Though the hollow world deceive thee,
Here’s a heart that never will!
Dost thou smile?–A cloud of sorrow
Breaks before Joy’s rising sun!
Wilt thou give thy hand?–To-morrow,
Hymen’s bond will make us one!

“Love That Lives” by George Parsons Lathrop

Dear face — bright, glinting hair;
Dear life, whose heart is mine —
The thought of you is prayer,
The love of you divine.

In starlight, or in rain;
In the sunset’s shrouded glow;
Ever, with joy or pain,
To you my quick thoughts go

Like winds or clouds, that fleet
Across the hungry space
Between, and find you, sweet,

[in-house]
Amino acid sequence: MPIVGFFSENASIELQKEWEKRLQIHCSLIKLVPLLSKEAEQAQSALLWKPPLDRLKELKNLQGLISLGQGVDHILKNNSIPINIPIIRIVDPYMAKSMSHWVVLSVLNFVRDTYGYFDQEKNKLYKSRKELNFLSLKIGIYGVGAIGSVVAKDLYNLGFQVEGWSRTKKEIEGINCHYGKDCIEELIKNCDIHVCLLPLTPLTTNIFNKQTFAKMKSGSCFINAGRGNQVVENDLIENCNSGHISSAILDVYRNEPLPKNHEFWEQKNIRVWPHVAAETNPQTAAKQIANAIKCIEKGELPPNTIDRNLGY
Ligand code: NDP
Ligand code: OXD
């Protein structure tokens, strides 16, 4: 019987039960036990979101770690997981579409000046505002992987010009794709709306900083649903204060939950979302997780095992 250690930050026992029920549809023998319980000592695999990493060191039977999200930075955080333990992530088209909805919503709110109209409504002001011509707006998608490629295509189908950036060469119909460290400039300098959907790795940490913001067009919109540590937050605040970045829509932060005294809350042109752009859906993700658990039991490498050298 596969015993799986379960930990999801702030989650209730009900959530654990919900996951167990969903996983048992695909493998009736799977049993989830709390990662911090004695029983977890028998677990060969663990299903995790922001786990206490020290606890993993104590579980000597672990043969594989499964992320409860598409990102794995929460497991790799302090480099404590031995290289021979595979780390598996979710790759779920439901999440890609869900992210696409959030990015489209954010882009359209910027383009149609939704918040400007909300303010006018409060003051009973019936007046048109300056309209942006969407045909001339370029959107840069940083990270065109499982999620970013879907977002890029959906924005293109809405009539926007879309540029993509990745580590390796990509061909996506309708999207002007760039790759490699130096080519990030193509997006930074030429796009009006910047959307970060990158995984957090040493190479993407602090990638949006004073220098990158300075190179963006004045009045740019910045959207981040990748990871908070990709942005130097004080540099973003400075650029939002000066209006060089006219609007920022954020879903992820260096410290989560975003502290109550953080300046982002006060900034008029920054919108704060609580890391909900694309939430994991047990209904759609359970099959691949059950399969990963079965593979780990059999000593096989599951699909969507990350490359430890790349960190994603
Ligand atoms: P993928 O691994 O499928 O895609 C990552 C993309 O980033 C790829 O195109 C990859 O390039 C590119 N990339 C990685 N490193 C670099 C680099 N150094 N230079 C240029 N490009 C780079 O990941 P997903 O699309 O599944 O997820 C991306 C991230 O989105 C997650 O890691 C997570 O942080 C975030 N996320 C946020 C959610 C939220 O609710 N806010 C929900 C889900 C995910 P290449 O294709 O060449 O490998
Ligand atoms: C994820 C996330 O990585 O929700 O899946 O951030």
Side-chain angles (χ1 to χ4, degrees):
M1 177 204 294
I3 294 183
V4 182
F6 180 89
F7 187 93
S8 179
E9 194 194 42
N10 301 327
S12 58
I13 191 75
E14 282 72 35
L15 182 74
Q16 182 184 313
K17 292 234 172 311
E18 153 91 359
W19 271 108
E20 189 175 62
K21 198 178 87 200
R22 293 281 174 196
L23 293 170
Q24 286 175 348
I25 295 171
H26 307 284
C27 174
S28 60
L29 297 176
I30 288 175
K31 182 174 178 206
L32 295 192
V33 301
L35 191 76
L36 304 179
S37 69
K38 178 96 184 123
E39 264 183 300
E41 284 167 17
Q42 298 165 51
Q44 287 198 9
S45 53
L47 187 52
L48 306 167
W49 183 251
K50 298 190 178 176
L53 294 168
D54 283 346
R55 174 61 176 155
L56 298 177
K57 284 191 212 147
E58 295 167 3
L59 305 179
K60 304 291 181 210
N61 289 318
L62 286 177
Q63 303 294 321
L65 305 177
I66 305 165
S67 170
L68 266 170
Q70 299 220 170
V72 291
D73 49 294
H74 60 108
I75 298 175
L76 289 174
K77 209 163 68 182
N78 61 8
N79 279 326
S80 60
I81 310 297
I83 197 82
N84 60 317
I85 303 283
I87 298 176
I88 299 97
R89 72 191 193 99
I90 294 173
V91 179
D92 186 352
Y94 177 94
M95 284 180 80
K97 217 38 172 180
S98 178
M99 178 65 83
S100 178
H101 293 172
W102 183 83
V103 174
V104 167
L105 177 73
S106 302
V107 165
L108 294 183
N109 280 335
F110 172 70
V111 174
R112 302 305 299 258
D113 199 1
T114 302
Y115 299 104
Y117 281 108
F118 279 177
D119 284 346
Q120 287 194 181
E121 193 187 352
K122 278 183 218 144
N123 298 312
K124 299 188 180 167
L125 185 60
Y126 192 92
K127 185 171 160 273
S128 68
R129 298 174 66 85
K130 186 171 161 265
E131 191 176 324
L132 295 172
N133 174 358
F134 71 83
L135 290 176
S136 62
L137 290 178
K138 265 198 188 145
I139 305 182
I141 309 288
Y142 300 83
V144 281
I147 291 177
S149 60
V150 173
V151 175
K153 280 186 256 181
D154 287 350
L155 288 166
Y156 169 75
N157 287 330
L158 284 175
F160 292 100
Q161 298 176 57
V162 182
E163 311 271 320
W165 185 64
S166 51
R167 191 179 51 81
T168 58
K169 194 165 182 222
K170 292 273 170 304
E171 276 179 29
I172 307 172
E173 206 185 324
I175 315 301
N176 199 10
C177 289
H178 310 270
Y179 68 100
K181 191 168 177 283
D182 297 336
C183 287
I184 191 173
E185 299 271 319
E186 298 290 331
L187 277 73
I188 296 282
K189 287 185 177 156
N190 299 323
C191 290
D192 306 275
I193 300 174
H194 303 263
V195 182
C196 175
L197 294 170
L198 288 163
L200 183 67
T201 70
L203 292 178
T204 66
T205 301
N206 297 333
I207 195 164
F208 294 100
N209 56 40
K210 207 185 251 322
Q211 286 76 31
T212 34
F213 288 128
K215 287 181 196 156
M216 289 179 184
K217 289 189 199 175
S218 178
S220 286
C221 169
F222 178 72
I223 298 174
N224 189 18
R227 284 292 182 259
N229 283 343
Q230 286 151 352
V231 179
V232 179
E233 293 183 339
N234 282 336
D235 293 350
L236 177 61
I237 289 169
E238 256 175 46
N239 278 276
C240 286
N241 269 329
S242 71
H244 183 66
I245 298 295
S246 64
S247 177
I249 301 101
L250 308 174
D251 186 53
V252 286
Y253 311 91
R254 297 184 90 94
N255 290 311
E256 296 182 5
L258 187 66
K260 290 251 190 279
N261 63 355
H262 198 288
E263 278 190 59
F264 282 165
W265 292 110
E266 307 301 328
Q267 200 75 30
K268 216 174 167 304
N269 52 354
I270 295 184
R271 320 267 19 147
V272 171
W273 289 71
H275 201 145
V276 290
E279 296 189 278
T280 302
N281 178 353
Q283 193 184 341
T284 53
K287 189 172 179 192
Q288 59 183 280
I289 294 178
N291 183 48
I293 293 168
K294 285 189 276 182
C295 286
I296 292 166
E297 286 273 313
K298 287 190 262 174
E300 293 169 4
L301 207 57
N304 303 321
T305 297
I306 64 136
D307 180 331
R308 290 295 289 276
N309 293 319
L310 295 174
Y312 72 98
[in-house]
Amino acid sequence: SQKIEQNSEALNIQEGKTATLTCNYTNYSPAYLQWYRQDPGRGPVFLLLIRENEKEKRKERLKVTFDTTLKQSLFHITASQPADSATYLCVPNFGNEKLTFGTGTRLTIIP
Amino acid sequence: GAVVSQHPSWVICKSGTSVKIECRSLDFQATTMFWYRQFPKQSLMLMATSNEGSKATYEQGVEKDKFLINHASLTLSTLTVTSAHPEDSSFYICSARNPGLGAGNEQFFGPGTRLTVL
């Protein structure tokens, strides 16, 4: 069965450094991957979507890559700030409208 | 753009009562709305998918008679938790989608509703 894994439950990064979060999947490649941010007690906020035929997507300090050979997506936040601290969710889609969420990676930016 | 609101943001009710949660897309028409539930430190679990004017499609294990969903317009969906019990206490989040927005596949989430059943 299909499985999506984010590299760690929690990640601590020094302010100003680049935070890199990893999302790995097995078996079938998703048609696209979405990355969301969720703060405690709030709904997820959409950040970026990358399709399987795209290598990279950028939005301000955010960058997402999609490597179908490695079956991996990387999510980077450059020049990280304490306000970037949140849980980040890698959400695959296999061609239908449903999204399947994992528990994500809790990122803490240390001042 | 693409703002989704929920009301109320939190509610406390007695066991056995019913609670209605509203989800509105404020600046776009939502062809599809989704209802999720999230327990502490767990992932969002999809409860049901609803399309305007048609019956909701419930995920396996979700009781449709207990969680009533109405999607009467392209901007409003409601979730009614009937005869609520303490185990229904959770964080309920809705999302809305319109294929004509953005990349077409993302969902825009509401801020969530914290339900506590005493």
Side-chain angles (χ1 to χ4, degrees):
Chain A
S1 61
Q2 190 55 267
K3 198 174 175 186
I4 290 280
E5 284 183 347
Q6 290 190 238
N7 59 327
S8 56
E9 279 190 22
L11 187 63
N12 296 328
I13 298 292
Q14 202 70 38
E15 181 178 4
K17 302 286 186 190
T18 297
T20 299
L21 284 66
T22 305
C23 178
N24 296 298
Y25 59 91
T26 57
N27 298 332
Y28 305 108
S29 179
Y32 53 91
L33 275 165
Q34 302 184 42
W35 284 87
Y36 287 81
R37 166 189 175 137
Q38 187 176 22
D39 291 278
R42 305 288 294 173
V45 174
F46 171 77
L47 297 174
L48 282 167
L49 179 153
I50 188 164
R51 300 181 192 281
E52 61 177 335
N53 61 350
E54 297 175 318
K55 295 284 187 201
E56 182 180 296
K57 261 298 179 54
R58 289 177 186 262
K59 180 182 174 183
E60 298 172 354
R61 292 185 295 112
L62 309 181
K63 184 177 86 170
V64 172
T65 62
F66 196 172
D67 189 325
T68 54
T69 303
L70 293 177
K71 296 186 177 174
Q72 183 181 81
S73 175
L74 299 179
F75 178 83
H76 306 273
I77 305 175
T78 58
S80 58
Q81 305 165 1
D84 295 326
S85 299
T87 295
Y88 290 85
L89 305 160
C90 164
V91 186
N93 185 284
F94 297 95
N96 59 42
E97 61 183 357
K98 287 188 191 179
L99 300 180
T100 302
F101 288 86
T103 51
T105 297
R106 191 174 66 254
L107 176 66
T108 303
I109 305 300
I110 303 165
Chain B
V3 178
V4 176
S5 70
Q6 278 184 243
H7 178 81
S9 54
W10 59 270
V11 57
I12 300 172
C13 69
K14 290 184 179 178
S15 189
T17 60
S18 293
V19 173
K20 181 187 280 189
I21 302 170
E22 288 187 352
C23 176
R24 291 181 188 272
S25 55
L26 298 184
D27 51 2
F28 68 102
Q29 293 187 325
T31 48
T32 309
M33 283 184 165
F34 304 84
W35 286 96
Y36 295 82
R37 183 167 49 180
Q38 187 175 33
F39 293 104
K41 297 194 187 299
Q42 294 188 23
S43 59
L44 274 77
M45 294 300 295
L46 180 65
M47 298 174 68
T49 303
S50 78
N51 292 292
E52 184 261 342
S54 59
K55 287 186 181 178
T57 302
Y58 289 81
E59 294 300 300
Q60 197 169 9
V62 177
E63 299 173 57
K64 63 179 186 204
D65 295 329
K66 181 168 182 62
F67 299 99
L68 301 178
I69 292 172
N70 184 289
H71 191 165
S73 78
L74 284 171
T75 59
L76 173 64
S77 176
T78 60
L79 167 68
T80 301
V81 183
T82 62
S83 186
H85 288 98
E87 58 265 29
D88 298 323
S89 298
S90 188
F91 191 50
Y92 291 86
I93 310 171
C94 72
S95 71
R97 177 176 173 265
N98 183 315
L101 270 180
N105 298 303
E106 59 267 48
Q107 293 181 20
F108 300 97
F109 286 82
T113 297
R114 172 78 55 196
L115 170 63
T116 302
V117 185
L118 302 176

Where life again wins grace.

Now, as in that once young
Year that so softly drew
My heart to where it clung,
I long for, gladden in you.

And when in the silent hours
I whisper your sacred name,
Like an altar-fire it showers
My blood with fragrant flame!

Perished is all that grieves;
And lo, our old-new joys
Are gathered as in sheaves,
Held in love’s equipoise.

Ours is the love that lives;
Its springtime blossoms blow
‘Mid the fruit that autumn gives,
And its life outlasts the snow.

Famous Love Poems for Valentine’s Day

Young romantic couple on the street, man giving a present to his girlfriend

“How Do I Love Thee?” by Elizabeth Barrett Browning

How do I love thee? Let me count the ways.
I love thee to the depth and breadth and height
My soul can reach, when feeling out of sight
For the ends of being and ideal grace.
I love thee to the level of every day’s
Most quiet need, by sun and candle-light.
I love thee freely, as men strive for right.